Oh, deer!

President Harry Truman popularized the slogan “The buck stops here,” which appeared on a sign he kept on his desk in the Oval Office. It isn’t surprising that a statue of a buck appeared outside the windows of that office during his administration and remains to this day, according to McDowell.

hartz-white-house-garden

In 1913, First Lady Ellen Wilson began planting roses in the garden adjoining the Colonnade, and the Rose Garden was born. It was redesigned during John Kennedy’s administration to serve as a presidential reception area. / Official White House photo (showing Barack Obama) by Samantha Appleton

Roses are red, and gnomes are, well, gnomes

The White House Rose Garden has been a popular backdrop for everything from presidential addresses and bill-signings to weddings, such as that of Tricia Nixon to Edward Cox in 1971. And for many, it seems like the Rose Garden has always been there.

According to whitehouse.archives.gov, though, it got its start in 1913 when First Lady Ellen Wilson planted roses on a site that had previously been a colonial garden. But it wasn’t until the John F. Kennedy administration that the Rose Garden as we know it took shape.

Although the Kennedys tended to prefer French amenities, the Rose Garden is a traditional 18th-century American garden.

And every summer on July 1, garden gnomes are placed here. Their number represents the number of presidents still living, according to Wikipedia.

Bee careful

Deciding to bring a beehive into the Obamas’ Kitchen Garden in 2009 was one thing. Finding a place to put it was another.

The hive had to be set up high, so that its entrance was above the children who might visit the garden; and away from Bo, the family dog.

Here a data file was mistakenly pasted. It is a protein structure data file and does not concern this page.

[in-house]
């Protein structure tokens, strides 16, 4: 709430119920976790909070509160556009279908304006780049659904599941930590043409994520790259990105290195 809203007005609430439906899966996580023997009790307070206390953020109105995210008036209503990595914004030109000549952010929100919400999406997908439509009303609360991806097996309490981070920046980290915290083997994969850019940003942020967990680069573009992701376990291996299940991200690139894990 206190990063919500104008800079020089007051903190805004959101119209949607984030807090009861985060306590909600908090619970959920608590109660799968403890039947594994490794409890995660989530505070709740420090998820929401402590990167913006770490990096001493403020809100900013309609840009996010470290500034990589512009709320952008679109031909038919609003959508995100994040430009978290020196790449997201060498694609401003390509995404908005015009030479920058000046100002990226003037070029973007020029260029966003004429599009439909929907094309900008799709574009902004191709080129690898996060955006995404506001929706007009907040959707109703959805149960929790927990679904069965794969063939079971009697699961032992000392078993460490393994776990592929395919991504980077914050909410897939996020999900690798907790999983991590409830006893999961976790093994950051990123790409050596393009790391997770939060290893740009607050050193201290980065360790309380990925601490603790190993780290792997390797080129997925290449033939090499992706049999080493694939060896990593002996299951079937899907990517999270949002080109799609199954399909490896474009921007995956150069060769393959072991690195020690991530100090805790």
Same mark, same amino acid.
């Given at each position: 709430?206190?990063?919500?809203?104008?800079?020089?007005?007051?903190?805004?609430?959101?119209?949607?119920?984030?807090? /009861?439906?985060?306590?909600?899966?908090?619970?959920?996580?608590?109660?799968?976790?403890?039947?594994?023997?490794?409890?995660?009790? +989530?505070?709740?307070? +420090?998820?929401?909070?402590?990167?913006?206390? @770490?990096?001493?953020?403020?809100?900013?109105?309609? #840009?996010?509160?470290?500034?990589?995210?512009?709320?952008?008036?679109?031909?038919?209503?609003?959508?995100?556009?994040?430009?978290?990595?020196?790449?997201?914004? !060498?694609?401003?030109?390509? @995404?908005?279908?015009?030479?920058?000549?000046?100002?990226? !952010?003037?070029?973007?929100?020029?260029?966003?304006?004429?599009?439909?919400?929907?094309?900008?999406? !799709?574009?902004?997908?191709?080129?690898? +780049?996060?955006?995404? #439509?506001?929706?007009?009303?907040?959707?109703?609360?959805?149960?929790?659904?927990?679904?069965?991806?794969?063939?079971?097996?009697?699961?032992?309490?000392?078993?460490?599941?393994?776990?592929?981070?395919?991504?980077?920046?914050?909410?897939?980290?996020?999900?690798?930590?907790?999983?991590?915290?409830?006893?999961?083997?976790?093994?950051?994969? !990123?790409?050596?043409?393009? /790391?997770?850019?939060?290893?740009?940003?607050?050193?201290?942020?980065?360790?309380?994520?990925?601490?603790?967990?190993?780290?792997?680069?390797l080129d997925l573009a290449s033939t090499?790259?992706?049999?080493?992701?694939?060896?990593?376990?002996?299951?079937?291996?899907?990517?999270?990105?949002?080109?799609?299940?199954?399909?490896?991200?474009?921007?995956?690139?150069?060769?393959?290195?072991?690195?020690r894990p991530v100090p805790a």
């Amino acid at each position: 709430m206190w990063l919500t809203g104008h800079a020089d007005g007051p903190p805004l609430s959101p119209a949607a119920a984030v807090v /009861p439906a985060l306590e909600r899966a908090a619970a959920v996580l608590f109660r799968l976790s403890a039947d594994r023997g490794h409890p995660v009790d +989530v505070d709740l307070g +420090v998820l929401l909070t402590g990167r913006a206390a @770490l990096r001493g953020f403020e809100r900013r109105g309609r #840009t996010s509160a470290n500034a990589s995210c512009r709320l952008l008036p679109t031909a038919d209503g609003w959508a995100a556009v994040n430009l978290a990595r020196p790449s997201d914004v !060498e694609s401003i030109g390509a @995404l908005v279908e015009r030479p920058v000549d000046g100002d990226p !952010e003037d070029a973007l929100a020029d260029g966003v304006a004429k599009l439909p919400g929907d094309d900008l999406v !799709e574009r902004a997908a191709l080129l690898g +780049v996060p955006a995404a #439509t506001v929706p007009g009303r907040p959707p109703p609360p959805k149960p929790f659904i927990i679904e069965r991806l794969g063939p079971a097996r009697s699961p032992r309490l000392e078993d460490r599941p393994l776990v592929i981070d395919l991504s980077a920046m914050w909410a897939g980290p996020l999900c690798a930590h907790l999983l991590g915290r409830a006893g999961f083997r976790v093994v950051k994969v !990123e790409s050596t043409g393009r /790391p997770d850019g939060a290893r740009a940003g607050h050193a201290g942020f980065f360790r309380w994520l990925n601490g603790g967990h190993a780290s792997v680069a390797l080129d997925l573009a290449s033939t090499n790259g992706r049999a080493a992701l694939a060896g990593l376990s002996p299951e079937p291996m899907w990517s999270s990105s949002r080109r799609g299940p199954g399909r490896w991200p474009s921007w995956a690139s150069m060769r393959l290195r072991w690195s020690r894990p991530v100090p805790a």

So it was placed on a wooden stand and set to face in the opposite direction from the basketball court. This reduced the chances the bees would disturb the president’s game.

It also had to be strapped securely so that down- and up-drafts from the president’s helicopter wouldn’t disturb the insects when Marine One was landing on, or taking off from, the White House grounds.

Making changes

You may wonder how much control each new presidential family has over what is planted in the White House gardens. Well, don’t worry. The president can’t visit a big-box store for plants, pick up a shovel and go to work in the middle of the South Lawn.

Instead, the White House gardens are under the care of the National Park Service. The service follows a plan that was established by landscape architect Frederick Law Olmsted Jr. in 1935, during the Franklin Delano Roosevelt administration. Olmsted is the son of the landscape architect who designed, in 1858, Central Park in New York.

“It’s a long-standing plan that I don’t think anyone is considering changing,” said author/historian McDowell.

But if major changes are desired, the U.S. Fine Arts Commission, an independent federal agency that advises the government on matters of design and aesthetics, would probably review them before a shovel or backhoe is ever set to dirt.

A new First Family will inhabit the White House beginning early next year. Let’s see what, if any, changes to the gardens Donald and Melania Trump will make.